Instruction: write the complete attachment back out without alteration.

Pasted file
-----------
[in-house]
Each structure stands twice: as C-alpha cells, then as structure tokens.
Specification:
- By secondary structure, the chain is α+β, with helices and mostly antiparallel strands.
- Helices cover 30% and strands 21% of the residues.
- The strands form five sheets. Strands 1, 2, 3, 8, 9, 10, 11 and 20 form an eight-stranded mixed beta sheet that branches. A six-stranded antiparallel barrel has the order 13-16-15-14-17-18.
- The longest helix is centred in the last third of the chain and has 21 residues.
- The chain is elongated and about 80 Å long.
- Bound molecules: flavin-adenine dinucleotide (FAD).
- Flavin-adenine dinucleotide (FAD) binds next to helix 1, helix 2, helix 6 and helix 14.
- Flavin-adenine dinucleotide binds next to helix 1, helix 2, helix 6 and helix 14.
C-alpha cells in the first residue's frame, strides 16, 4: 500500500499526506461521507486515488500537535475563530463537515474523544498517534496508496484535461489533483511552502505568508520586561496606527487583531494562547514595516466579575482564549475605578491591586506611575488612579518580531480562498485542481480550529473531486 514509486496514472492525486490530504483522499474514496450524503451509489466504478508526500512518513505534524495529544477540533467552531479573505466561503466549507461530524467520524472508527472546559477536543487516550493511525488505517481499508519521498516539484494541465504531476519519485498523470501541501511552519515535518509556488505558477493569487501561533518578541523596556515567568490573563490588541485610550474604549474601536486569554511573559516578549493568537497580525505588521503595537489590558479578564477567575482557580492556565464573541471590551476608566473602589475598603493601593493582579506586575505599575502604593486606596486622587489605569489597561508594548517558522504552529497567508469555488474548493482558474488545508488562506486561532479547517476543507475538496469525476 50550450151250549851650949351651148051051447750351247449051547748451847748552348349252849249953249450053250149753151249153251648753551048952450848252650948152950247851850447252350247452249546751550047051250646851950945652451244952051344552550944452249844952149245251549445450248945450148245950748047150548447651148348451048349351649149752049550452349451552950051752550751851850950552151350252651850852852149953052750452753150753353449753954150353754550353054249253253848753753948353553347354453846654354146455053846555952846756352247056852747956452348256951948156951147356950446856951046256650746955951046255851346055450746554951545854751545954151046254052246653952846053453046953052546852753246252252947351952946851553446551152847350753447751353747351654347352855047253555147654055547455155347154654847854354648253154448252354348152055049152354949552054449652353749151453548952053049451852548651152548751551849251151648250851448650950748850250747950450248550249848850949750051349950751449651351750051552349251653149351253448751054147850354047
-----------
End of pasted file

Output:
[in-house]
Each structure stands twice: as C-alpha cells, then as structure tokens.
Specification:
- By secondary structure, the chain is α+β, with helices and mostly antiparallel strands.
- Helices cover 30% and strands 21% of the residues.
- The strands form five sheets. Strands 1, 2, 3, 8, 9, 10, 11 and 20 form an eight-stranded mixed beta sheet that branches. A six-stranded antiparallel barrel has the order 13-16-15-14-17-18.
- The longest helix is centred in the last third of the chain and has 21 residues.
- The chain is elongated and about 80 Å long.
- Bound molecules: flavin-adenine dinucleotide (FAD).
- Flavin-adenine dinucleotide (FAD) binds next to helix 1, helix 2, helix 6 and helix 14.
- Flavin-adenine dinucleotide binds next to helix 1, helix 2, helix 6 and helix 14.
C-alpha cells in the first residue's frame, strides 16, 4: 500500500499526506461521507486515488500537535475563530463537515474523544498517534496508496484535461489533483511552502505568508520586561496606527487583531494562547514595516466579575482564549475605578491591586506611575488612579518580531480562498485542481480550529473531486 514509486496514472492525486490530504483522499474514496450524503451509489466504478508526500512518513505534524495529544477540533467552531479573505466561503466549507461530524467520524472508527472546559477536543487516550493511525488505517481499508519521498516539484494541465504531476519519485498523470501541501511552519515535518509556488505558477493569487501561533518578541523596556515567568490573563490588541485610550474604549474601536486569554511573559516578549493568537497580525505588521503595537489590558479578564477567575482557580492556565464573541471590551476608566473602589475598603493601593493582579506586575505599575502604593486606596486622587489605569489597561508594548517558522504552529497567508469555488474548493482558474488545508488562506486561532479547517476543507475538496469525476 50550450151250549851650949351651148051051447750351247449051547748451847748552348349252849249953249450053250149753151249153251648753551048952450848252650948152950247851850447252350247452249546751550047051250646851950945652451244952051344552550944452249844952149245251549445450248945450148245950748047150548447651148348451048349351649149752049550452349451552950051752550751851850950552151350252651850852852149953052750452753150753353449753954150353754550353054249253253848753753948353553347354453846654354146455053846555952846756352247056852747956452348256951948156951147356950446856951046256650746955951046255851346055450746554951545854751545954151046254052246653952846053453046953052546852753246252252947351952946851553446551152847350753447751353747351654347352855047253555147654055547455155347154654847854354648253154448252354348152055049152354949552054449652353749151453548952053049451852548651152548751551849251151648250851448650950748850250747950450248550249848850949750051349950751449651351750051552349251653149351253448751054147850354047